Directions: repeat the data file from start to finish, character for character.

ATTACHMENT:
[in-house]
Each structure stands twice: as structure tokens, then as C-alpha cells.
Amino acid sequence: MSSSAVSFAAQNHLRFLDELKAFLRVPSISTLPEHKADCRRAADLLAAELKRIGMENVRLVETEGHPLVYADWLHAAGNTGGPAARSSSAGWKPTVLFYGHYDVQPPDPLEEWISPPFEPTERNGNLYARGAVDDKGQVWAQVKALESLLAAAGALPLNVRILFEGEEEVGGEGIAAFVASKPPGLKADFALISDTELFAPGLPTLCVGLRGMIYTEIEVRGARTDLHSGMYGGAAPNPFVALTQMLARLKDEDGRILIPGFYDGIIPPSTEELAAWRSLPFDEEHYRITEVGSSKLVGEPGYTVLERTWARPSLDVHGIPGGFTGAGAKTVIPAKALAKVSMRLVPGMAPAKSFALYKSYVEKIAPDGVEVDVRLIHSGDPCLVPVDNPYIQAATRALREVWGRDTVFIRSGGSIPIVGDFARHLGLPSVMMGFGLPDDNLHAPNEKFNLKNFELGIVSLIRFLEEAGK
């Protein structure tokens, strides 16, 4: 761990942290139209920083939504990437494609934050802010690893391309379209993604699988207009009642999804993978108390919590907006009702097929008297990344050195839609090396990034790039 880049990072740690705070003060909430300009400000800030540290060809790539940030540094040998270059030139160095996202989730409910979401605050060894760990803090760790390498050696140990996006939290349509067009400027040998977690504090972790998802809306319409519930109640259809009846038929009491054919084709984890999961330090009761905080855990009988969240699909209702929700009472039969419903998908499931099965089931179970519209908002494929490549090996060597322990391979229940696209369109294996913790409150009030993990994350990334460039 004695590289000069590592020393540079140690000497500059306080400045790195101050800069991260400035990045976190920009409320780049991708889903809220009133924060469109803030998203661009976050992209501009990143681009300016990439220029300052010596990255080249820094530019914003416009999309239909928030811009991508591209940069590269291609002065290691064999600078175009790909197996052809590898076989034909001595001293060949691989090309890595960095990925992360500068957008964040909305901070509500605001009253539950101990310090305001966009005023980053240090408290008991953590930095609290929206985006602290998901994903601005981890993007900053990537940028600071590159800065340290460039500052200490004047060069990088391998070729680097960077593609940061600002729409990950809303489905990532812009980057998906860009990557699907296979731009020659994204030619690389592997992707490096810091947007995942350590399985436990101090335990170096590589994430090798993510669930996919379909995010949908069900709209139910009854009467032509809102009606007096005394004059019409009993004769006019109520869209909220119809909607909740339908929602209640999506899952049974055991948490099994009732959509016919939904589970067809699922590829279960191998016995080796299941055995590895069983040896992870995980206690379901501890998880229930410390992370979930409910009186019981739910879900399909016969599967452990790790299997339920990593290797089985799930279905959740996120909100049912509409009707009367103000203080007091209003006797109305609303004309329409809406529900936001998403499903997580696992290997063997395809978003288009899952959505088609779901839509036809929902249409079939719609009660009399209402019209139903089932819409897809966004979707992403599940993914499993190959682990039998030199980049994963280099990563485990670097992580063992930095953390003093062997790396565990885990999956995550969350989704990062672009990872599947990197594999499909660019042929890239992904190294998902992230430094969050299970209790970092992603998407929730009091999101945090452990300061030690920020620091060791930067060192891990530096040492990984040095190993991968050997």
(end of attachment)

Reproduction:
[in-house]
Each structure stands twice: as structure tokens, then as C-alpha cells.
Amino acid sequence: MSSSAVSFAAQNHLRFLDELKAFLRVPSISTLPEHKADCRRAADLLAAELKRIGMENVRLVETEGHPLVYADWLHAAGNTGGPAARSSSAGWKPTVLFYGHYDVQPPDPLEEWISPPFEPTERNGNLYARGAVDDKGQVWAQVKALESLLAAAGALPLNVRILFEGEEEVGGEGIAAFVASKPPGLKADFALISDTELFAPGLPTLCVGLRGMIYTEIEVRGARTDLHSGMYGGAAPNPFVALTQMLARLKDEDGRILIPGFYDGIIPPSTEELAAWRSLPFDEEHYRITEVGSSKLVGEPGYTVLERTWARPSLDVHGIPGGFTGAGAKTVIPAKALAKVSMRLVPGMAPAKSFALYKSYVEKIAPDGVEVDVRLIHSGDPCLVPVDNPYIQAATRALREVWGRDTVFIRSGGSIPIVGDFARHLGLPSVMMGFGLPDDNLHAPNEKFNLKNFELGIVSLIRFLEEAGK
């Protein structure tokens, strides 16, 4: 761990942290139209920083939504990437494609934050802010690893391309379209993604699988207009009642999804993978108390919590907006009702097929008297990344050195839609090396990034790039 880049990072740690705070003060909430300009400000800030540290060809790539940030540094040998270059030139160095996202989730409910979401605050060894760990803090760790390498050696140990996006939290349509067009400027040998977690504090972790998802809306319409519930109640259809009846038929009491054919084709984890999961330090009761905080855990009988969240699909209702929700009472039969419903998908499931099965089931179970519209908002494929490549090996060597322990391979229940696209369109294996913790409150009030993990994350990334460039 004695590289000069590592020393540079140690000497500059306080400045790195101050800069991260400035990045976190920009409320780049991708889903809220009133924060469109803030998203661009976050992209501009990143681009300016990439220029300052010596990255080249820094530019914003416009999309239909928030811009991508591209940069590269291609002065290691064999600078175009790909197996052809590898076989034909001595001293060949691989090309890595960095990925992360500068957008964040909305901070509500605001009253539950101990310090305001966009005023980053240090408290008991953590930095609290929206985006602290998901994903601005981890993007900053990537940028600071590159800065340290460039500052200490004047060069990088391998070729680097960077593609940061600002729409990950809303489905990532812009980057998906860009990557699907296979731009020659994204030619690389592997992707490096810091947007995942350590399985436990101090335990170096590589994430090798993510669930996919379909995010949908069900709209139910009854009467032509809102009606007096005394004059019409009993004769006019109520869209909220119809909607909740339908929602209640999506899952049974055991948490099994009732959509016919939904589970067809699922590829279960191998016995080796299941055995590895069983040896992870995980206690379901501890998880229930410390992370979930409910009186019981739910879900399909016969599967452990790790299997339920990593290797089985799930279905959740996120909100049912509409009707009367103000203080007091209003006797109305609303004309329409809406529900936001998403499903997580696992290997063997395809978003288009899952959505088609779901839509036809929902249409079939719609009660009399209402019209139903089932819409897809966004979707992403599940993914499993190959682990039998030199980049994963280099990563485990670097992580063992930095953390003093062997790396565990885990999956995550969350989704990062672009990872599947990197594999499909660019042929890239992904190294998902992230430094969050299970209790970092992603998407929730009091999101945090452990300061030690920020620091060791930067060192891990530096040492990984040095190993991968050997």